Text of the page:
BELOIT— The Health Equity Alliance of Rock County (HEAR) is asking community members to share what they believe are the county’s health concerns and needs.
To do this, HEAR is conducting a Community Health Assessment survey that was sent out to 2,000 Rock County residents on Jan. 15. Those wishing to fill out the survey have until March 1 to do so.
Kelly Klingensmith, community health education coordinator for the Rock County Public Health Department, said this year HEAR also created an online survey in addition to the random mailings to encourage anyone who lives, works, plays and learns in the county to participate in the survey. The survey done in 2014 only offered random mailings.
Klingensmith started working at the health department in June 2016 and helps facilitate and organize HEAR, which is comprised of local hospitals, community organizations and government entities.
“When I came to Rock County, I wanted to make sure we had a really comprehensive assessment,” Klingensmith said.
She said often times residents are more willing to go online, and surrounding counties are also facilitating online surveys.
“It’s really important that people fill out the survey, because we want people to tell us how to think (about health issues),” Klingensmith said.
She said the survey only takes about 10 minutes to complete. The online assessment covers: demographic information, health priorities, risky behaviors in the community, programs the community would like to see offered, personal health, medical insurance and dental health and insurance.
Klingensmith said the county has experienced a slight improvement in overall health. She said Rock County ranked 61 of 72 Wisconsin counties with respect to health outcomes, according to the most recent Robert Wood Johnson Foundation County Health Rankings. The annual health rankings consider health behaviors, quality of life, physical environment, access to health care and other factors. Rock County was ranked 62 of 72 in 2014.
Rock County remains constant with 15 percent of Rock County residents still reporting fair or poor health. She said the county’s mental health provider ratio significantly improved, moving from 1 provider per 1,234 people in Rock County in 2014 to 1 provider per 700 people in Rock County in 2016.
According to Janesville Mobilizing 4 Change’s 2016 Rock County Youth Risk Behavior Survey, youth alcohol, marijuana and prescription misuse also decreased by 1 percent from 2014-2016.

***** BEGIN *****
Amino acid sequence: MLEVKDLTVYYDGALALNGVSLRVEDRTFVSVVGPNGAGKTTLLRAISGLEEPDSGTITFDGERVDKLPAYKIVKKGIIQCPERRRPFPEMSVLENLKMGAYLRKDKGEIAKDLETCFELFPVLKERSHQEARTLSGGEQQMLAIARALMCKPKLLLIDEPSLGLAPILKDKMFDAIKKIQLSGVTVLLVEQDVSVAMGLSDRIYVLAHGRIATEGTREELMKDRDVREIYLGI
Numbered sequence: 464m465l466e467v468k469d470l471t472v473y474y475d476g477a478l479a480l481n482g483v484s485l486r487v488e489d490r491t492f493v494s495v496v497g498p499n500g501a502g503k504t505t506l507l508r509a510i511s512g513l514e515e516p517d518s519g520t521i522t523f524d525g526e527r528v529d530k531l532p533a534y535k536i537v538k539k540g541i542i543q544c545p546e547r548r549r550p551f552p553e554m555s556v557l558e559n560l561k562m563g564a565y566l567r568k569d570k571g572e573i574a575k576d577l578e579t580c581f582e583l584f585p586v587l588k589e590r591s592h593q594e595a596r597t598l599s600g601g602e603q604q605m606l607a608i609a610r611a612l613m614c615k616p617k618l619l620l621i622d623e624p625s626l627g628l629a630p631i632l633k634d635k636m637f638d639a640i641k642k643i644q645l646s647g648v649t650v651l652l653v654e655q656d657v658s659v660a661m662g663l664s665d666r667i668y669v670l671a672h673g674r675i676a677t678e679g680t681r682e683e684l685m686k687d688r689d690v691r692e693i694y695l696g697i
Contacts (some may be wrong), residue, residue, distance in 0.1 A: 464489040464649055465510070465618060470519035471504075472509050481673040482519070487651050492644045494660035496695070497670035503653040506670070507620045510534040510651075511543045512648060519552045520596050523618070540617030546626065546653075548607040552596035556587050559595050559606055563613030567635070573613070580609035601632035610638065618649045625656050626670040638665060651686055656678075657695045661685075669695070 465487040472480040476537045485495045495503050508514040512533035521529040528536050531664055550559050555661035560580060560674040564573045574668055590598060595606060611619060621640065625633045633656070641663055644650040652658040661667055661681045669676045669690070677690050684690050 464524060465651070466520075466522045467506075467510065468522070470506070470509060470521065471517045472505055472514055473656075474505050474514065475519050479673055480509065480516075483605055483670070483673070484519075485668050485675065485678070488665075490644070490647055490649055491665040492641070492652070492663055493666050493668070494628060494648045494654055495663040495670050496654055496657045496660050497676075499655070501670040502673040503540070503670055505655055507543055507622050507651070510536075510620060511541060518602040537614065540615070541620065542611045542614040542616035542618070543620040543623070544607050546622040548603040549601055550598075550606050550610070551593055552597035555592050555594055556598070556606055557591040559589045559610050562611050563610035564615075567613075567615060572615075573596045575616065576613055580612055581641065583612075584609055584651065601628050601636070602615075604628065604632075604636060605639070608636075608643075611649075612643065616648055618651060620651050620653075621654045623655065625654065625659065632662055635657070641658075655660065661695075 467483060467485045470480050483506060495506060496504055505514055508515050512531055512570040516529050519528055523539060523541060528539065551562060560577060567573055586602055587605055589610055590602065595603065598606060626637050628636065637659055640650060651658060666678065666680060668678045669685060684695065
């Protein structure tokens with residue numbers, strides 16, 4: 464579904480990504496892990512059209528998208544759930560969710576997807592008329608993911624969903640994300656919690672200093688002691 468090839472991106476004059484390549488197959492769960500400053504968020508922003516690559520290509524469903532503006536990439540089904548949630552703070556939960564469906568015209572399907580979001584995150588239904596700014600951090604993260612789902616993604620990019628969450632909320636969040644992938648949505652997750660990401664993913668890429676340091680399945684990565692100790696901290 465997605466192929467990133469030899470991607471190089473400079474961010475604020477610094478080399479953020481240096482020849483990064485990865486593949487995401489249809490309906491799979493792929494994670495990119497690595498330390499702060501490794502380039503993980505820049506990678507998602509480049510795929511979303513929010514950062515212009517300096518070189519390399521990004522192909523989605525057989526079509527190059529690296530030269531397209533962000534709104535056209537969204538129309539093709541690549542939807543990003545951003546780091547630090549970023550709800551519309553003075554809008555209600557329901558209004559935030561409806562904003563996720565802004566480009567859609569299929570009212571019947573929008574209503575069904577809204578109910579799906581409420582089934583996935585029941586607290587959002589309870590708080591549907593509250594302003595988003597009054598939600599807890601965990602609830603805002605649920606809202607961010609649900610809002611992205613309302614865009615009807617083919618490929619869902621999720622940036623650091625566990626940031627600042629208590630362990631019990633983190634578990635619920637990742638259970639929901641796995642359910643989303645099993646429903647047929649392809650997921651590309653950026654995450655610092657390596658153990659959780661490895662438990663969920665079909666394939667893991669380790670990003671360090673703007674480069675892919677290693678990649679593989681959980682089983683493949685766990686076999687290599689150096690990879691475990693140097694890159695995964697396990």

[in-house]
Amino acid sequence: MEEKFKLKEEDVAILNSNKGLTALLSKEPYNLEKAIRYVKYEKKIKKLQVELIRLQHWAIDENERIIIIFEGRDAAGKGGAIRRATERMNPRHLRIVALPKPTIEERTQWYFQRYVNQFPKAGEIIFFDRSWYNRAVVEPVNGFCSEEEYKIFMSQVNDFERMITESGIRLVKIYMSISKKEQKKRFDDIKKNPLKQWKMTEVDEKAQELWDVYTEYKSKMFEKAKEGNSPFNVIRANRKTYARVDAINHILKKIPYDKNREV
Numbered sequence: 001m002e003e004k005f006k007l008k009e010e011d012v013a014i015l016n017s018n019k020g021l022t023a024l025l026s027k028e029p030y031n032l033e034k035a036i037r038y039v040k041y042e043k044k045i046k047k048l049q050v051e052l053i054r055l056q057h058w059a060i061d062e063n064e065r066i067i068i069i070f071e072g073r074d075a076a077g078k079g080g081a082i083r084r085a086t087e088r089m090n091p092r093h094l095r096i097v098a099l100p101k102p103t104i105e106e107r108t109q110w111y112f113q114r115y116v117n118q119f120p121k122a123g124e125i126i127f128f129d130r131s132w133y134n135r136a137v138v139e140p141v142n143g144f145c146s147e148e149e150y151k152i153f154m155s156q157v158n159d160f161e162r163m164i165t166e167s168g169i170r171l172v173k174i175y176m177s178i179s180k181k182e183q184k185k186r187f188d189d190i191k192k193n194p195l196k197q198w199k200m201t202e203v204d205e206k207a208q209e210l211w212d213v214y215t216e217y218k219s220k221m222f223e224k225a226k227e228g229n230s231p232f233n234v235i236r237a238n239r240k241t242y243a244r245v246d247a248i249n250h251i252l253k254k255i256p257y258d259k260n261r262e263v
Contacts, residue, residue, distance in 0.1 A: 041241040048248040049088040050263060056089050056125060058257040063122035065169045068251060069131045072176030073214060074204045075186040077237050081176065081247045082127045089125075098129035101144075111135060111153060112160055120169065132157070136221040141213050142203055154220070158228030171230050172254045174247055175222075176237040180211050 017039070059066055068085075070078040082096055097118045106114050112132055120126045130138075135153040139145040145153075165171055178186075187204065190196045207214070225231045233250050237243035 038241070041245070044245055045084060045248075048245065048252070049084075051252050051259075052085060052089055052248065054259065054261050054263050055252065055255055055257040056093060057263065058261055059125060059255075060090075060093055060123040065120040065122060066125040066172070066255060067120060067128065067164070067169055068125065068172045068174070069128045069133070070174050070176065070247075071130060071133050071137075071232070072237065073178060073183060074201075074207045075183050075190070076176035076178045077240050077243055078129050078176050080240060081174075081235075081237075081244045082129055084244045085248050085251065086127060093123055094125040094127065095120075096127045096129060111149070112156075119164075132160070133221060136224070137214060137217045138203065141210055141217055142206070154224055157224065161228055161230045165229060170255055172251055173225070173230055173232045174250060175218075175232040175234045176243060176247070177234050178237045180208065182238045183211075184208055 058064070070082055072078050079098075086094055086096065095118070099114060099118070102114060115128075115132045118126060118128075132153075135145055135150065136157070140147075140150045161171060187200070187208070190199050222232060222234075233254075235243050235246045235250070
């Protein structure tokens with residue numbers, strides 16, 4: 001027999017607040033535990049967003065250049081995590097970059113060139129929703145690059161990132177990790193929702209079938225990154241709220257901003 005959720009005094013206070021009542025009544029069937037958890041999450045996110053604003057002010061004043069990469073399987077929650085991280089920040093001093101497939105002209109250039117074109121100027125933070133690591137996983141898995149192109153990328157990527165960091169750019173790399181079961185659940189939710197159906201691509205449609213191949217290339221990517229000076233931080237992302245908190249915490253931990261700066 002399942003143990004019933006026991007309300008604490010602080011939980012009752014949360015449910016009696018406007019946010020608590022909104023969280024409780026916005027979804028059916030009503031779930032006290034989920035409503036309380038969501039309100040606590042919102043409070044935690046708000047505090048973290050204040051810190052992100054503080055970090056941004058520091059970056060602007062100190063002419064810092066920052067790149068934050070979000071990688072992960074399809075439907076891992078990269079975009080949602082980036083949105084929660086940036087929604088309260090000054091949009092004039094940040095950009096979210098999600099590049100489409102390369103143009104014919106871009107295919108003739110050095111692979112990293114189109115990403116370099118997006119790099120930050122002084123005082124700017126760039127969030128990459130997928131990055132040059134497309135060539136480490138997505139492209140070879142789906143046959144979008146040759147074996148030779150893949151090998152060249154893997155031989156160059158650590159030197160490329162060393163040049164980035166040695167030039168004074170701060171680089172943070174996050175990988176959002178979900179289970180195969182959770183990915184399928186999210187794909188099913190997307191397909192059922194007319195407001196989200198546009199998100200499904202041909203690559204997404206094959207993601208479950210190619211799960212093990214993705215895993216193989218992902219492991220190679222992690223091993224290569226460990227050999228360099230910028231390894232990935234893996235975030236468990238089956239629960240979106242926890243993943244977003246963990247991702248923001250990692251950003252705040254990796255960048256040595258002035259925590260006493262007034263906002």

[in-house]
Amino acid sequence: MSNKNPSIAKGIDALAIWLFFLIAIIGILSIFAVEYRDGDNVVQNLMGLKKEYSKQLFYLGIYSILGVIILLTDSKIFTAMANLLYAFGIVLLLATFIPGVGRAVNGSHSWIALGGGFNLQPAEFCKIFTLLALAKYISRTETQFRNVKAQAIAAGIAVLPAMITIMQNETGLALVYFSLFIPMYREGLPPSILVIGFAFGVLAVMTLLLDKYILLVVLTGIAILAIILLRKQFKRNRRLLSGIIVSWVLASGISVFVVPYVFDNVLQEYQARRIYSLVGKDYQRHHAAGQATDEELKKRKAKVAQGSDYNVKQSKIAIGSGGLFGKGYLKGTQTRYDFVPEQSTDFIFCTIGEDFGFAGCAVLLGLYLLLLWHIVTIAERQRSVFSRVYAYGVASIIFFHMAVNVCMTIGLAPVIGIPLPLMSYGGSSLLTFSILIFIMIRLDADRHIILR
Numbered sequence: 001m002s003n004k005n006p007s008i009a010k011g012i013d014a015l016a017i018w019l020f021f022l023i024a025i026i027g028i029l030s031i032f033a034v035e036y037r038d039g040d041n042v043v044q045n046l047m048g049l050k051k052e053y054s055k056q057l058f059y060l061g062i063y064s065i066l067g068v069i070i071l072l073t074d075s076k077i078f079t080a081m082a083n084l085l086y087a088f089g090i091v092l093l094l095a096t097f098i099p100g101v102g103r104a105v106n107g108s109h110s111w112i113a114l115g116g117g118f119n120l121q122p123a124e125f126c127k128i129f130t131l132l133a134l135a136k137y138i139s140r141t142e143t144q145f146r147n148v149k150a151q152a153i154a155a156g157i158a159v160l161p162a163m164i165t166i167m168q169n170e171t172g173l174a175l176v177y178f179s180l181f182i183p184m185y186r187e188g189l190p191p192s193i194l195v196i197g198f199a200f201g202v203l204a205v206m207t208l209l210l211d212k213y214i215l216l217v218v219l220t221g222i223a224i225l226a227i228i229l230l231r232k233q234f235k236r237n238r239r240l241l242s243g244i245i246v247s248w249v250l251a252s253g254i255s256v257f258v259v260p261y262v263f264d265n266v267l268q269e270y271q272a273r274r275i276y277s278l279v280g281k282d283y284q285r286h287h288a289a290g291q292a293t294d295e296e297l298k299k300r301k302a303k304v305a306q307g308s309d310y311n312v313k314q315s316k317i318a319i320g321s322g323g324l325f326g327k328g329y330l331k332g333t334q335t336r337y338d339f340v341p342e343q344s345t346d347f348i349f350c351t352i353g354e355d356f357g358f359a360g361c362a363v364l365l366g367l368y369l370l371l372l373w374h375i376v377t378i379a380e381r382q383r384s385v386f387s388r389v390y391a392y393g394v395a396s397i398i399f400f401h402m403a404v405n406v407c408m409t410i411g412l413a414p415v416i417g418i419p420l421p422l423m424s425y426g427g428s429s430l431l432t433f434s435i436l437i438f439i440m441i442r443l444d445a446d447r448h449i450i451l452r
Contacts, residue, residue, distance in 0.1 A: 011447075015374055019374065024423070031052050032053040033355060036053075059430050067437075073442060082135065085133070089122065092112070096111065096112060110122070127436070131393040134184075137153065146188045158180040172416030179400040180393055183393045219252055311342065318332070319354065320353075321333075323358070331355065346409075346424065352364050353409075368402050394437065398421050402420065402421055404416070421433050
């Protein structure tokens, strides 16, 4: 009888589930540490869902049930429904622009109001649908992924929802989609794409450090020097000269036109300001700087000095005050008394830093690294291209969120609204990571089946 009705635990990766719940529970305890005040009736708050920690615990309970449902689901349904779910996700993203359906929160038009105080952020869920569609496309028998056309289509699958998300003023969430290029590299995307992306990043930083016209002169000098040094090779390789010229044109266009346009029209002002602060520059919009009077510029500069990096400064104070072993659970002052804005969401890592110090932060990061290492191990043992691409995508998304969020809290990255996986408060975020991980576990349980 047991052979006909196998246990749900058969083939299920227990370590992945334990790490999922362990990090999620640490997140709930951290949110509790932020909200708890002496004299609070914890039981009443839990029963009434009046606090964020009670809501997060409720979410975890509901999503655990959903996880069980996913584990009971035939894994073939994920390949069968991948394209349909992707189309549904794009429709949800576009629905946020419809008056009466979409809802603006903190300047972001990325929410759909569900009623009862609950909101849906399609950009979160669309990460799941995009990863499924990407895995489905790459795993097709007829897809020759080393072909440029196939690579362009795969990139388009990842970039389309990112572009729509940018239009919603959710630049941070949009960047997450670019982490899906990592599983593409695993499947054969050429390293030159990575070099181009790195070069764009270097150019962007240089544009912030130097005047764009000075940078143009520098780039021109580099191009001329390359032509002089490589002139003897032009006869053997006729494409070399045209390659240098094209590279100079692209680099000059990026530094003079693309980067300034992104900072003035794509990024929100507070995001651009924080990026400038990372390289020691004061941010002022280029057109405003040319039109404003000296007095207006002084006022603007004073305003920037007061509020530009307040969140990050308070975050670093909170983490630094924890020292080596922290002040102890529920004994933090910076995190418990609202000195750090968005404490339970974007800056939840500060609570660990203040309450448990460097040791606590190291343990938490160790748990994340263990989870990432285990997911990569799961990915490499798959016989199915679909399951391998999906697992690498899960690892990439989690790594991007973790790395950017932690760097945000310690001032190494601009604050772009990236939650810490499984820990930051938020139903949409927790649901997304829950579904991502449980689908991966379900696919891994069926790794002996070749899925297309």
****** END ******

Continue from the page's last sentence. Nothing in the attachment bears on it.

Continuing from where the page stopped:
“The HEAR group really wants to catalyze this movement towards improved health using the 2017 Community Health Assessment and Community Health Improvement Plan,” Klingensmith said. “We think if we keep this momentum, awareness and collective impact the health of Rock County will continue to improve and we will eventually increase our County Health Ranking.”
Klingensmith said HEAR will compile the data to create the 2017 Community Health Assessment and Community Health Improvement Plan that’ll detail the steps Rock County and community organizations are going to take to improve the health of Rock County.
She wouldn’t be surprised if the community says alcohol and drugs are a concern, along with concerns of obesity related to diet and physical activity.
“The people that live, work and play in Rock County know what the health priorities are in the county, and so (HEAR) has the opportunity to leverage resources to improve health,” Klingensmith said.
As of Feb. 14, HEAR has received just over 400 of the randomly mailed surveys. Klingensmith is hoping for 700 responses, which is the same amount that was received in 2014. Approximately 500 people have filled out the online survey, and HEAR is hoping for 1,000 responses.
The online survey can be found here in English: http://svy.mk/2lLNJCQ. HEAR is also offering the survey in Spanish: http://svy.mk/2lPTZ9r.